US Marshals task force moved in on Winston Boogie Smith, outside a parking garage at around 2pm on Thursday, 3 miles away from George Floyd Square in Minneapolis which had been dismantled in a controversial move by the city earlier in the day
Hip hop artist Smith, aka ‘Wince Me Boi‘, who is Black, was in a parked SUV on the ramp of a car park when officers moved in on him to serve an arrest warrant because he was in violation of of his probation for being a felon in possession of a firearm
A US Marshals spokesperson said Smith, 32, ‘produced a handgun resulting in task force members firing upon the subject’
Diners at a nearby restaurant heard at least a dozen shots fired – Smith died at the scene while his female passenger, who was injured by shattered glass, was dragged out and arrested
The warrant was issued by authorities after the rapper posted an image of a gun and bullets on Instagram – which violated his probation conditions
The shooting happened after a crew of city workers began dismantling concrete barriers erected around George Floyd Square which blocked the thoroughfare to the public
The memorial was set up after Floyd, an unarmed Black man, was murdered in May 2020 by Minneapolis cops during an arrest
Protests had already broken out among activists angered by the removal of the shrine when news of the shooting reached them
The shooting extended a night of protests, as unhappy locals gathered around the the car park where Smith was killed, before they barricaded off streets and a dumpster was set on fire
In protests that lasted till early Friday, several businesses were raided and damaged before police finally dispersed the rioters with tear gas
The victim of Thursday’s fatal shooting in Minneapolis on Thursday by members of a US Marshals task force for allegedly pulling a gun on them as they attempted to serve an arrest warrant has been identified as a musician with an extensive criminal record who was previously convicted of a felony aggravated robbery, according to law enforcement sources.
The fatal shooting, coupled with the dismantling of George Floyd Square, sparked bouts of civil unrest, vandalism and looting of businesses overnight in Minneapolis, leading to multiple arrests.
Although his identity has not been officially confirmed by the authorities, friends and family on Friday named the deceased suspect as 32-year-old Winston Boogie Smith, a father-of-two from Minneapolis.
A US Marshals task force moved in on Smith who was wanted ‘on a state arrest warrant’ for a probation violation – a felon in possession of a firearm – after he posted a picture of what appeared to be himself sitting in a car with a gun and a box of bullets.
As the marshalls approached him outside a parking garage at around 2pm on Thursday in the Uptown neighborhood, just three miles away from George Floyd Square. Smith, who was in a parked SUV, ‘produced a handgun resulting in task force members firing upon the subject,’ Hennepin County Sheriff’s Department said.
He was pronounced dead at the scene. His female passenger was injured by shattered glass and was taken into custody after being treated for minor injuries.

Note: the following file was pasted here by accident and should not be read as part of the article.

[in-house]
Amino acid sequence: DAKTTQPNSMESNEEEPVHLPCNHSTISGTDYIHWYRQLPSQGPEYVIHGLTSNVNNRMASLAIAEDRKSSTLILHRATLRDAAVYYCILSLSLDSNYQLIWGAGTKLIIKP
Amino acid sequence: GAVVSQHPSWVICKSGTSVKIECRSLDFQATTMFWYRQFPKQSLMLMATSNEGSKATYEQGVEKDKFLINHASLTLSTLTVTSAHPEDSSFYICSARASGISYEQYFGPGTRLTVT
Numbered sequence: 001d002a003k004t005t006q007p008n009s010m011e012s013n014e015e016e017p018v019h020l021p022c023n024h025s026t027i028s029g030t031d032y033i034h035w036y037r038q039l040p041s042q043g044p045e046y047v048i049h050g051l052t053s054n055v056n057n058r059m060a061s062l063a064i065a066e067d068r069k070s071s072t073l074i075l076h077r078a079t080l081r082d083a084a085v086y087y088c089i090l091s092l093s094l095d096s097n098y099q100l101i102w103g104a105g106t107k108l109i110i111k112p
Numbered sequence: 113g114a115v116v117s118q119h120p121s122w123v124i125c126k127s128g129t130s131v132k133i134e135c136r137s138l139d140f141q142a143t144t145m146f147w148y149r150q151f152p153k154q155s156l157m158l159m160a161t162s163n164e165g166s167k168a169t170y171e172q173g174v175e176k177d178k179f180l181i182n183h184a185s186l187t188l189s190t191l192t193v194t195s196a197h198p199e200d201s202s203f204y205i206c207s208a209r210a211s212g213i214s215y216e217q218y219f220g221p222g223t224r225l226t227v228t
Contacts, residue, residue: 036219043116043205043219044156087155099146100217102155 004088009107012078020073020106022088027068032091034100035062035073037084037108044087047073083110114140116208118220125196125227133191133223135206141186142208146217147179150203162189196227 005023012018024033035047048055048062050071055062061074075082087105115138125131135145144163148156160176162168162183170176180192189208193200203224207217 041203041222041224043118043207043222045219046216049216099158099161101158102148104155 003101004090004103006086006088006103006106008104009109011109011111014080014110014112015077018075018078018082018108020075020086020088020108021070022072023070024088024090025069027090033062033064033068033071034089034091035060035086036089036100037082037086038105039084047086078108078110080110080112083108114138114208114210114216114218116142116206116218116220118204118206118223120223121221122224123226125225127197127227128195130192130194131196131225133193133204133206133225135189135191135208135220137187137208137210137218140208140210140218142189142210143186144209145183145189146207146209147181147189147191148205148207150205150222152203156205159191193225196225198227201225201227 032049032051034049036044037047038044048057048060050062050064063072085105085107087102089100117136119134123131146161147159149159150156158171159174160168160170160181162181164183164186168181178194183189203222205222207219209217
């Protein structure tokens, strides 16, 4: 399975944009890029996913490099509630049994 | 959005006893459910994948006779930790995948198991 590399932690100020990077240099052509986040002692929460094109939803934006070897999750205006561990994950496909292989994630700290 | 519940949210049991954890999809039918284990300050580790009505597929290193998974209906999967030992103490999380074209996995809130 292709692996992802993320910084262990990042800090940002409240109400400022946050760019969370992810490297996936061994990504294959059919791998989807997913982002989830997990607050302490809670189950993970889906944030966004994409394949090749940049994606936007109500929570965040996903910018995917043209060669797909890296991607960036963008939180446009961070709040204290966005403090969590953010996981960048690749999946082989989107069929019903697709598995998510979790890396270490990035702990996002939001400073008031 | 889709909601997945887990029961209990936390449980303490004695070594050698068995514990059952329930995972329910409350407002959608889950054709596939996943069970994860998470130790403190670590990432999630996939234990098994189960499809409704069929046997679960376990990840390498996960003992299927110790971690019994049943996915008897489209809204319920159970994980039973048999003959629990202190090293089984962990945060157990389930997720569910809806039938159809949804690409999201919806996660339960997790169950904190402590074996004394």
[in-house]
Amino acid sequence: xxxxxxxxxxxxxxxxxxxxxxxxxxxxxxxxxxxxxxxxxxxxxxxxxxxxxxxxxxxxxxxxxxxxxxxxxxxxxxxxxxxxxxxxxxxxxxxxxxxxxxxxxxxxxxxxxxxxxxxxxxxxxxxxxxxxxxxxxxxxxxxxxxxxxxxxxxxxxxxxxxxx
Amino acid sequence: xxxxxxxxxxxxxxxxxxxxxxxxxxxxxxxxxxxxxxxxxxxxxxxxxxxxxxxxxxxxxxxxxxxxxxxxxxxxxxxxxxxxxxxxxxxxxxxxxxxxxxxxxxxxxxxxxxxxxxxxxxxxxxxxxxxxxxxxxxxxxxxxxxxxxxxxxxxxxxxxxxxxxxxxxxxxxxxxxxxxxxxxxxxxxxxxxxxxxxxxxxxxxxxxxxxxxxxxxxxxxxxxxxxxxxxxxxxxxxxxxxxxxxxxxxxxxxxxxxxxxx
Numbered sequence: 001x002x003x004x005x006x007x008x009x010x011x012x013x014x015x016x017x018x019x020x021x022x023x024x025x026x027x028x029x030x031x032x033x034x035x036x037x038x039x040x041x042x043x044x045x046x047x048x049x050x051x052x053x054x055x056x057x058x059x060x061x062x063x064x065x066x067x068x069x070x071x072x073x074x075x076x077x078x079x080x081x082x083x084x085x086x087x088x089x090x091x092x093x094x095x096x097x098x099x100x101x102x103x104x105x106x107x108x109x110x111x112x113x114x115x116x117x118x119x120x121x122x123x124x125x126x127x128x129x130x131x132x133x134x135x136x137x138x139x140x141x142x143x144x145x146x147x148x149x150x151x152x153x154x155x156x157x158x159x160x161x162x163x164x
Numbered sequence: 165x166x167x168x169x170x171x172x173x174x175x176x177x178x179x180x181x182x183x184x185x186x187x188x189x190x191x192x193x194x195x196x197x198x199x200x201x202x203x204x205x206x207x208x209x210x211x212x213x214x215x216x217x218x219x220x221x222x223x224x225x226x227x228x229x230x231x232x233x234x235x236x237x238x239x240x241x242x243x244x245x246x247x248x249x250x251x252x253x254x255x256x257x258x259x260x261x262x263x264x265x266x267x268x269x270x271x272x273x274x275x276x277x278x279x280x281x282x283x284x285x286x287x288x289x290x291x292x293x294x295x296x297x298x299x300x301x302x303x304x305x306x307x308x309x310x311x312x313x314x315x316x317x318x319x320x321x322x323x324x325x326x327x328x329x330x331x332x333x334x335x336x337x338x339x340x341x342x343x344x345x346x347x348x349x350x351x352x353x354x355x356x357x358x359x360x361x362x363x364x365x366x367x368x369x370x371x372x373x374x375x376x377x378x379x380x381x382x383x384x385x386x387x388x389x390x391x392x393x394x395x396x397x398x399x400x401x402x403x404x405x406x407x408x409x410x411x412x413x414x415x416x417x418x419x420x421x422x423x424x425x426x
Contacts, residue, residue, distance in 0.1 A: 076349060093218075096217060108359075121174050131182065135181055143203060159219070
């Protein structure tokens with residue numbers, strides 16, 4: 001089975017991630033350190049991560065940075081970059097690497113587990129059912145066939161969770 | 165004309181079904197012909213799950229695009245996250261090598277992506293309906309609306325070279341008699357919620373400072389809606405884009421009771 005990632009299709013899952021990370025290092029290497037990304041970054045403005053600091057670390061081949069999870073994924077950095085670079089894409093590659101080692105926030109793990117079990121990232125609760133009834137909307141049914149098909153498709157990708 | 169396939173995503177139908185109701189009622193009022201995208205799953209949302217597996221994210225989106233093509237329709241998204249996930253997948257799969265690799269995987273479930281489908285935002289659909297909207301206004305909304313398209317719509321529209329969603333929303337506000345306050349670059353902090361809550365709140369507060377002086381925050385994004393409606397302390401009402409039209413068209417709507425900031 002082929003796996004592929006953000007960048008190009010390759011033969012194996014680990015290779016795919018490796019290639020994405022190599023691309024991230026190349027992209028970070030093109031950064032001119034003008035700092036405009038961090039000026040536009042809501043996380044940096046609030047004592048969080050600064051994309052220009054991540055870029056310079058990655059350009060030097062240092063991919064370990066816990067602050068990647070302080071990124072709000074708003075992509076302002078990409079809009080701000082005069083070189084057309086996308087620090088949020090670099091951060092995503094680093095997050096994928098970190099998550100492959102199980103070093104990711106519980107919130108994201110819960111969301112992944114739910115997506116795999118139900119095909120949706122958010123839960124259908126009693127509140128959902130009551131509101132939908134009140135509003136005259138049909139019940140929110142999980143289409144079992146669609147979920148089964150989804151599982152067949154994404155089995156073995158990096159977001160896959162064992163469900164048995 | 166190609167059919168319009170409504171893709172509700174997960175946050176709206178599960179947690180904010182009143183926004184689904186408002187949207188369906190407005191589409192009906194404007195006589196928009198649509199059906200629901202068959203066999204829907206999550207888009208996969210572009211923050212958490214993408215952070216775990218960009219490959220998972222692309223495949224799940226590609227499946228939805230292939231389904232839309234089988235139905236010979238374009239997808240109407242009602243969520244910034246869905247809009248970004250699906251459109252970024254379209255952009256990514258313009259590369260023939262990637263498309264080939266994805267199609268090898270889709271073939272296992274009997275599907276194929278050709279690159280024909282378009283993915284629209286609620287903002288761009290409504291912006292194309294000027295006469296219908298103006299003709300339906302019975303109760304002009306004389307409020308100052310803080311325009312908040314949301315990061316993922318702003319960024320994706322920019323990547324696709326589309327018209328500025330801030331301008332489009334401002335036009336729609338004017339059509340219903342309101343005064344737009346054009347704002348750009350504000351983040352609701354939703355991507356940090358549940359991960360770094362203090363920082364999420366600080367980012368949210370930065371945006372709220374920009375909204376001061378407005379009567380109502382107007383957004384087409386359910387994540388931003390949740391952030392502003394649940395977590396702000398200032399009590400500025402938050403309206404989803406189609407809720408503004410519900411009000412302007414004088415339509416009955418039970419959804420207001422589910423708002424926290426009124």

Smith was a local hip hop artist who performed under the stage name ‘Wince Me Boi’ and also appeared in comedy videos. In January 2020, he released a single dedicated to his children titled Goodbye.
Friends and relatives took to Facebook and Twitter to pay tribute to Smith as news of his killing spread.
According to court records, Smith had racked up at least 20 arrests since 2007 on charges ranging from minor traffic violations to drug and marijuana possession. In 2017, he was convicted of felony aggravated robbery, was handed a three-year stayed sentence and was put on probation.
Under the conditions of his probation, Smith was required to stay in regular contact with his probation officer, submit to random drug testing, find a job and possess no firearms.
After posting an image of a gun and bullets on Instagram, a probation violation hearing was called on May 5. WCCO reported that when Smith failed to show up at the hearing, a warrant was issued for his arrest.
Officers who were involved in the shooting have been placed on administrative leave. Minneapolis police played no role in the incident.
A spokeswoman with the US Marshals said the Marshals lead the joint task force executing the arrest, which is comprised of several agencies, including sheriff’s offices from Hennepin, Anoka and Ramsey counties, the Minnesota Department of Corrections and the Department of Homeland Security.
The gunfire erupted on the fifth floor of a parking ramp at West Lake Street and South Fremont Avenue.
A bartender from a nearby business said several of his patrons heard eight to a dozen shots, then saw officers grab the female passenger from the suspect’s vehicle.
A neighbor who lives across from the parking ramp told the paper she heard more than a dozen shots, followed by a pause, and then even more shots.
Smith had received a stayed sentence and was placed on probation stemming from a 2017 conviction on an aggravated robbery charge.
The killing upset his family and riled an already tense community. Tamara Wilson, who identified herself as Smith’s younger sister, accused law enforcement officials of trying to assassinate her brother’s character after taking his life.
Minneapolis police said news of the shooting sparked ‘numerous’ instances of vandalism and looting overnight.
The shooting came after crews began dismantling concrete barriers around the so-called ‘autonomous zone’ of George Floyd Square, which were set up as a memorial after he was murdered in May 2020.
Protests had already broken out among activists angered by the removal of the shrine when news of the shooting in Uptown reached them.
People soon gathered in Uptown, crowding around the crime scene and chanting anti-police slogans, before they barricaded off Lake Street and Girard Avenue where a dumpster was torched.